First State-to-State Spread of Zika Magnifies Questions of Employer Liability

This week health officials reported the first spread of the Zika virus from state to state when a Texas man got the disease after visiting a section of Miami where mosquitoes have been spreading Zika. The Zika virus can cause brain damage and other birth defects in infants if the mother is infected during pregnancy. While its dangers first appeared in Brazil, its spread to the U.S. has magnified questions about risk, including to workers whose employers want them to travel.

For example, what steps are employers legally required to take if they need an employee to travel to a hot zone? What is the liability if an employee contracts the disease, which also can be sexually transmitted and spread when a mosquito bites an infected person and carries it to someone else? Under the Occupational Safety and Health Act, employees may refuse to work in certain circumstances when working conditions are dangerous, says Justin Markel, a labor and employment lawyer in the Houston office of Roberts Markel Weinberg Butler Hailey PC. “Among other things, the employee must genuinely believe that an imminent danger exists, and there must be a real danger of death or serious injury. Because of the way Zika is transmitted and the availability of preventive measures, it is unlikely that an employee could refuse to travel on this ground – unless the employee is pregnant. However, employers should be cautious when an employee refuses such a work assignment,” Mr. Markel says. An employee could argue that she is protected by OSHA and is shielded from adverse employment actions.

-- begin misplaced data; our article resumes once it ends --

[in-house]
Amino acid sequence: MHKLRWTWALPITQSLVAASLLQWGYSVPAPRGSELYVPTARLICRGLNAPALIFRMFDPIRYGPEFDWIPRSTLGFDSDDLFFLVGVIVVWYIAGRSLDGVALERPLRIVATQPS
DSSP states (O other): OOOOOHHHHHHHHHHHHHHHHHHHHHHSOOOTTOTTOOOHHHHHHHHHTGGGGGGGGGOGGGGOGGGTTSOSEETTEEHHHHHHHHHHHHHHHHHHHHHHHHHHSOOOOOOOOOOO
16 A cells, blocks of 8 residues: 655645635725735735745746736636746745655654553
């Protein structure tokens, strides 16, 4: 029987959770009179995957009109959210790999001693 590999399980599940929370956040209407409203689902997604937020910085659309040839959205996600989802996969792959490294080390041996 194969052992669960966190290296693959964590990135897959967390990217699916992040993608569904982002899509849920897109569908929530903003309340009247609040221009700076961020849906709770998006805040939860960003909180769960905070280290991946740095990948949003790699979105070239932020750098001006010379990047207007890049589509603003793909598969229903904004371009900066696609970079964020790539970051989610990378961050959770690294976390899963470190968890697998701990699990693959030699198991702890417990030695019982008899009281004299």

Mr. Markel says that employer liability depends in part on participation in the worker’s compensation system. In Texas, employers have the option of whether to participate, he notes. “If the employee is covered by workers’ comp insurance, and if it could be proven that the employee contracted Zika while working, then the employee may have a workers’ comp claim. That would also mean that workers’ comp benefits are the employee’s exclusive remedy. If the employer does not subscribe to workers’ comp, then the employer may be liable for failing to provide a safe work environment if the employer does not take reasonable precautions to protect against Zika exposure. Mr. Markel says employers with workers in affected areas should focus on educating their workforce about precautionary measures. OSHA has published helpful guidance here. Employers should try to limit standing water near worksites, and employees working outside should use mosquito repellant and wear long sleeves and pants.

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